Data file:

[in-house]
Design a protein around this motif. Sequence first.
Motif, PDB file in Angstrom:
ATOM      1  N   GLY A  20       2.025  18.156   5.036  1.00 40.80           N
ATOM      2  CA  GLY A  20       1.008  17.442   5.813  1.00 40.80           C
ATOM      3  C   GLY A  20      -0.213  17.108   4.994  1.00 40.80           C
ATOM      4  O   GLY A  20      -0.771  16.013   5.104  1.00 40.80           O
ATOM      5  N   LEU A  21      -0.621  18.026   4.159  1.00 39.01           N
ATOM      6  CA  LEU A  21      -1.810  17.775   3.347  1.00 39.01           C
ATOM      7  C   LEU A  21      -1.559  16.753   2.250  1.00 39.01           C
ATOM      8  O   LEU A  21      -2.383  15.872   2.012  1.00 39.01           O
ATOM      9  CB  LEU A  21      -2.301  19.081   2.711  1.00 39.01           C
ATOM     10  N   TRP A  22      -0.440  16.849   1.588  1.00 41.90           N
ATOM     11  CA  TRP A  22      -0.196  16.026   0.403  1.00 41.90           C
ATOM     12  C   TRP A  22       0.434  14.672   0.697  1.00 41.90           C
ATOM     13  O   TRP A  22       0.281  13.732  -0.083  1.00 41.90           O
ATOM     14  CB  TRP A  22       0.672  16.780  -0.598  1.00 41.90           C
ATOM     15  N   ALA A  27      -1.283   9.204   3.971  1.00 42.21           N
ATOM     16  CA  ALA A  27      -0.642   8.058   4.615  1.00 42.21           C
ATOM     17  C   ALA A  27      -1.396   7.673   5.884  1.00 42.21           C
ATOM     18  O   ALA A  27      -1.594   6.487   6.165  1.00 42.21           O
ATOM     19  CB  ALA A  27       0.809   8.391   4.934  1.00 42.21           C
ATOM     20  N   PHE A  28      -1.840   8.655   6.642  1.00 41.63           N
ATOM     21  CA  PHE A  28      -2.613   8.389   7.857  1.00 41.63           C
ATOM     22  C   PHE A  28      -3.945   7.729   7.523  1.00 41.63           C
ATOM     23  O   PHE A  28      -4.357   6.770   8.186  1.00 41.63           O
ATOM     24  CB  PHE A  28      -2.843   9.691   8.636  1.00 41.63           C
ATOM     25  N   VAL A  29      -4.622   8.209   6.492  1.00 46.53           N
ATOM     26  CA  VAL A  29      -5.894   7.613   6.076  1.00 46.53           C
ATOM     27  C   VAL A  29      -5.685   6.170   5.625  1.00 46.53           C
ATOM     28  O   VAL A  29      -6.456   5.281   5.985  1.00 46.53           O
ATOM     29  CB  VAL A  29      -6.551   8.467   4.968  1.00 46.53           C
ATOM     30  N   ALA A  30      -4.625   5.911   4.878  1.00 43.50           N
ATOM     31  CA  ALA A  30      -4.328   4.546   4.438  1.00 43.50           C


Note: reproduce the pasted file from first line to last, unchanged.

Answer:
[in-house]
Design a protein around this motif. Sequence first.
Motif, PDB file in Angstrom:
ATOM      1  N   GLY A  20       2.025  18.156   5.036  1.00 40.80           N
ATOM      2  CA  GLY A  20       1.008  17.442   5.813  1.00 40.80           C
ATOM      3  C   GLY A  20      -0.213  17.108   4.994  1.00 40.80           C
ATOM      4  O   GLY A  20      -0.771  16.013   5.104  1.00 40.80           O
ATOM      5  N   LEU A  21      -0.621  18.026   4.159  1.00 39.01           N
ATOM      6  CA  LEU A  21      -1.810  17.775   3.347  1.00 39.01           C
ATOM      7  C   LEU A  21      -1.559  16.753   2.250  1.00 39.01           C
ATOM      8  O   LEU A  21      -2.383  15.872   2.012  1.00 39.01           O
ATOM      9  CB  LEU A  21      -2.301  19.081   2.711  1.00 39.01           C
ATOM     10  N   TRP A  22      -0.440  16.849   1.588  1.00 41.90           N
ATOM     11  CA  TRP A  22      -0.196  16.026   0.403  1.00 41.90           C
ATOM     12  C   TRP A  22       0.434  14.672   0.697  1.00 41.90           C
ATOM     13  O   TRP A  22       0.281  13.732  -0.083  1.00 41.90           O
ATOM     14  CB  TRP A  22       0.672  16.780  -0.598  1.00 41.90           C
ATOM     15  N   ALA A  27      -1.283   9.204   3.971  1.00 42.21           N
ATOM     16  CA  ALA A  27      -0.642   8.058   4.615  1.00 42.21           C
ATOM     17  C   ALA A  27      -1.396   7.673   5.884  1.00 42.21           C
ATOM     18  O   ALA A  27      -1.594   6.487   6.165  1.00 42.21           O
ATOM     19  CB  ALA A  27       0.809   8.391   4.934  1.00 42.21           C
ATOM     20  N   PHE A  28      -1.840   8.655   6.642  1.00 41.63           N
ATOM     21  CA  PHE A  28      -2.613   8.389   7.857  1.00 41.63           C
ATOM     22  C   PHE A  28      -3.945   7.729   7.523  1.00 41.63           C
ATOM     23  O   PHE A  28      -4.357   6.770   8.186  1.00 41.63           O
ATOM     24  CB  PHE A  28      -2.843   9.691   8.636  1.00 41.63           C
ATOM     25  N   VAL A  29      -4.622   8.209   6.492  1.00 46.53           N
ATOM     26  CA  VAL A  29      -5.894   7.613   6.076  1.00 46.53           C
ATOM     27  C   VAL A  29      -5.685   6.170   5.625  1.00 46.53           C
ATOM     28  O   VAL A  29      -6.456   5.281   5.985  1.00 46.53           O
ATOM     29  CB  VAL A  29      -6.551   8.467   4.968  1.00 46.53           C
ATOM     30  N   ALA A  30      -4.625   5.911   4.878  1.00 43.50           N
ATOM     31  CA  ALA A  30      -4.328   4.546   4.438  1.00 43.50           C